Now, all of this rather idealistic photo documentary and reportage stuff sounds great but some couples may well worry that they will miss out on other vital parts of the wedding day coverage as well. Left to my own devices I would spend the wedding day in a relatively unstructured way literally photographing events as they unfold and happen and this free form approach affords a great deal of creative freedom and artistic expression which my clients have come to expect. However, to balance this out most brides and grooms want at least some family group photographs, some more posed images of themselves as well as a record of the venue and table decorations and all of the other wedding details that they have worked so hard on. This might seems a bit opposite the the wedding photo documentary approach but, with some planning and careful thought a balance between the two can usually be worked out. Essentially it’s to do with timing and anticipation and there are naturally some parts of the wedding day where there is less people photography to do when it can be an ideal time to photograph the table decorations for example. Often, there is a slight emotional lull just after the wedding drinks reception has started. Usually the bride and groom have just arrived and there is a flurry of chatting and congratulations but then things start to settle down a little as guests start to chat. For me this is a great time to take a few minutes away from the wedding party to photograph the tables and cake etc as I know the chances are that I will not be missing much of the action. A little later, as people get settled in an a little more alcohol has been consumed then the party will pick up again and it’s back to photographing people! I also try to photograph the wedding details in context and rarely move or adjust anything. As a documentary photographer I consider it my job to record things as they are rather than to influence or interfere and this idea often leads to photographing bouquets whilst being held and shoes being worn, for example, rather than setting these types of images up more traditionally as still life type photographs. Again this takes a little less time than a more traditional approach and allows me to concentrate on the storytelling pictures of the day as it unfolds.
This is a slightly different approach from other photographers who may well offer a degree of reportage, photo journalistic or documentary work in their coverage but it may well be only one element in a blend of different styles. Most wedding photographers are extremely versatile and many are incredibly good at adapting to different styles of photography during a wedding day. It’s just a case of deciding on what emphasis of style you would like. A documentary wedding photographer will place a heavy emphasis on this style and a more editorial style photographer for example would put a much stronger emphasis in that area of their coverage.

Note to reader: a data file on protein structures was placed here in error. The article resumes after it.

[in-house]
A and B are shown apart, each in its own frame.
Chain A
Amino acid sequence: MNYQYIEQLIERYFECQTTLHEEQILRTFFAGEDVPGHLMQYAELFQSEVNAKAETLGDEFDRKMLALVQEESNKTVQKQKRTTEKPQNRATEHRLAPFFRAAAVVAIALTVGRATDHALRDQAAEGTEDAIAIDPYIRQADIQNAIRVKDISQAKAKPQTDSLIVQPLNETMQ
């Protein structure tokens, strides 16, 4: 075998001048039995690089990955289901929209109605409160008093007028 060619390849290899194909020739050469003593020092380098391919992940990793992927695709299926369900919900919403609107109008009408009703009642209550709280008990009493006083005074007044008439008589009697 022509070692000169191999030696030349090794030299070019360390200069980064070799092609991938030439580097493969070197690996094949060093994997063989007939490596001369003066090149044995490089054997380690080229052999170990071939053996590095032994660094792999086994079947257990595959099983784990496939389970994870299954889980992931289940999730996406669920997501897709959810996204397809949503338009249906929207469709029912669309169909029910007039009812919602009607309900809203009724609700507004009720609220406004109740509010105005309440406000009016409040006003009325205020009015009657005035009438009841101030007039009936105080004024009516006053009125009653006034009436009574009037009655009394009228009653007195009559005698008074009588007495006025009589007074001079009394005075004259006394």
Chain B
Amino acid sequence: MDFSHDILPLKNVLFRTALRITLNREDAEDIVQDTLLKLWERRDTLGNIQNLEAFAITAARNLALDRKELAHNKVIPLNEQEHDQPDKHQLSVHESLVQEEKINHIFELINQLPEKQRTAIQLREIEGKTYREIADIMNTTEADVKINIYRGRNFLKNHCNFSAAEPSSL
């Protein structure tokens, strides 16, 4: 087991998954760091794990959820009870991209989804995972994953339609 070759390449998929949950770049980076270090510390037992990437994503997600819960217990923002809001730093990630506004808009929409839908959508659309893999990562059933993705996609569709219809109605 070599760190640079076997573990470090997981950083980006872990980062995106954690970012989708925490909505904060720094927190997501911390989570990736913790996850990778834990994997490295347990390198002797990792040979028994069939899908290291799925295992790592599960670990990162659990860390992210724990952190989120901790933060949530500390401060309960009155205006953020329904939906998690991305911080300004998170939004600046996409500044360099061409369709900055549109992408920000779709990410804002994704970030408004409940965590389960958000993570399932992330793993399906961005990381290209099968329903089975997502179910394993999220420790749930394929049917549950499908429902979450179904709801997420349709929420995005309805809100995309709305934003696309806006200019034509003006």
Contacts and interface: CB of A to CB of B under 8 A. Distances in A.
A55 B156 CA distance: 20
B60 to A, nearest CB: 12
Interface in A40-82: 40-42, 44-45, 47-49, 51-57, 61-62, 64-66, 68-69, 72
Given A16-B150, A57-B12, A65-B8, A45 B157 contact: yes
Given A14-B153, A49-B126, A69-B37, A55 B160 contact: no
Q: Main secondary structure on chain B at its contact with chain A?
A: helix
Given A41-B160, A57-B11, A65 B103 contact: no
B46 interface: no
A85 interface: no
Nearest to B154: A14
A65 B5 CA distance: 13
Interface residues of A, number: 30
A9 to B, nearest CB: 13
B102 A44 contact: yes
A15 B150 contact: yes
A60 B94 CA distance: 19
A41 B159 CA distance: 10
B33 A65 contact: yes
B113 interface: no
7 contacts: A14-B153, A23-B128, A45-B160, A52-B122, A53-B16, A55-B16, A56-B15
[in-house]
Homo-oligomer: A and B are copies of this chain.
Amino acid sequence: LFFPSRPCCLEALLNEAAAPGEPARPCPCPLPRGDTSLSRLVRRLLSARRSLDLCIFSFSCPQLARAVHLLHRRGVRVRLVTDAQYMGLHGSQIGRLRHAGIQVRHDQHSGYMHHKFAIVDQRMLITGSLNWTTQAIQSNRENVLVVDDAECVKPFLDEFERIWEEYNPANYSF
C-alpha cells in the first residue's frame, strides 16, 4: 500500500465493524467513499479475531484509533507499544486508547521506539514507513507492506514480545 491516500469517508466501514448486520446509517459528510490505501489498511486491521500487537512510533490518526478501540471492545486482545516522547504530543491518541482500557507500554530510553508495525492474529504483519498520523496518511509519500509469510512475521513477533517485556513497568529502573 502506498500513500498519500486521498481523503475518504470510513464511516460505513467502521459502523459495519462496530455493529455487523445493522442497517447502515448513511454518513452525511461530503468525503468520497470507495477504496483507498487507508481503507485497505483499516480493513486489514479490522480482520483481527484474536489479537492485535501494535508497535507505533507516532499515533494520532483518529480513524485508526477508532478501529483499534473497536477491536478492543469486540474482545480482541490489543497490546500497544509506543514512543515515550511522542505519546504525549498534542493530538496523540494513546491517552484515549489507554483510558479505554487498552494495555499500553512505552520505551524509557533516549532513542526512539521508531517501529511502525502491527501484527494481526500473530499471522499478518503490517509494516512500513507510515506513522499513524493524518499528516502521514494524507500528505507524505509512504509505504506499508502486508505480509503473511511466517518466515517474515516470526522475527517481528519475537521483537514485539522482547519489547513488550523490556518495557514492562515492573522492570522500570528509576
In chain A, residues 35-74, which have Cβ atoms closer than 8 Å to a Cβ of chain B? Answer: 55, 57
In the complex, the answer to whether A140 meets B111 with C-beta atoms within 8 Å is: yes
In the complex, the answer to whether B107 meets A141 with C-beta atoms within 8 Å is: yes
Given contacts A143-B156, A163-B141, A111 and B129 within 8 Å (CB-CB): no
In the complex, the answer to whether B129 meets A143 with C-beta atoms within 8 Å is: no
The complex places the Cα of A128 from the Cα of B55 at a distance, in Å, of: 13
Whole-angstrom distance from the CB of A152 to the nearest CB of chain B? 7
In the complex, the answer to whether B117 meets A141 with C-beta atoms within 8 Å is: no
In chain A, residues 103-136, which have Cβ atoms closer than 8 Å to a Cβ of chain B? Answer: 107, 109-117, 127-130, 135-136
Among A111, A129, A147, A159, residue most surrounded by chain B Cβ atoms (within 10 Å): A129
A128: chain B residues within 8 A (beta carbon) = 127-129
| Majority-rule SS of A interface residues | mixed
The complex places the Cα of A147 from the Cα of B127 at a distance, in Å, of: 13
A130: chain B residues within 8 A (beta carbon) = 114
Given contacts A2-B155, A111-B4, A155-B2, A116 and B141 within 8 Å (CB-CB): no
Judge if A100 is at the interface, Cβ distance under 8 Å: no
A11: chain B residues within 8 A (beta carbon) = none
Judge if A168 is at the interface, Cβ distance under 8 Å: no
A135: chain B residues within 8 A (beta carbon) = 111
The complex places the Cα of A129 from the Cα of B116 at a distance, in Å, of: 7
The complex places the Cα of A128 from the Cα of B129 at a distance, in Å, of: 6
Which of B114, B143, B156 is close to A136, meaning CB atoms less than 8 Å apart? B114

As you can see this relatively free or unstructured approach is in fact extremely considered and well planned! I strongly believe that to get in the right creative mindset and to become really emotionally involved in the wedding you have to be able to forget thinking about logistics and such like and be able to fully concentrate on the job in hand. That’s why I always have a planning meeting with each couple before the wedding to find out exactly what will be happening and where so that I can plan my day and increase my chances of getting great “unstaged” photographs for them.
This meeting includes discussing who the main important people are at the wedding and allows me to get to understand the links and relationships between guests and the bride and groom. This is vitally important because what looks like a relatively insignificant moment can be extremely important and poignant if you know the context within which it happened. As an example I once photographed a wedding where, due to my forward planning and taking time to get to know the couple, I had found out that the bride hadn’t seen her grandfather for a significant amount of time and that them meeting at the wedding would be an emotional and important moment. It would have been an easily overlooked moment had I not been looking for it but, shortly after coming out of church I photographed them in an emotional embrace perfectly framed and surrounded by guest’s umbrellas in the rain. It’s a good but not spectacular shot but one which has great meaning! It’s this type of thing that makes the documentary approach all the more special and I truly believe that genuine moments like these only become more and more powerful as time goes by.
You can see more of my documentary wedding photography approach by visiting my portfolio here and also by looking at some of my featured weddings here. If you like what you see and my approach appeals then GET IN TOUCH – I would love to hear from you.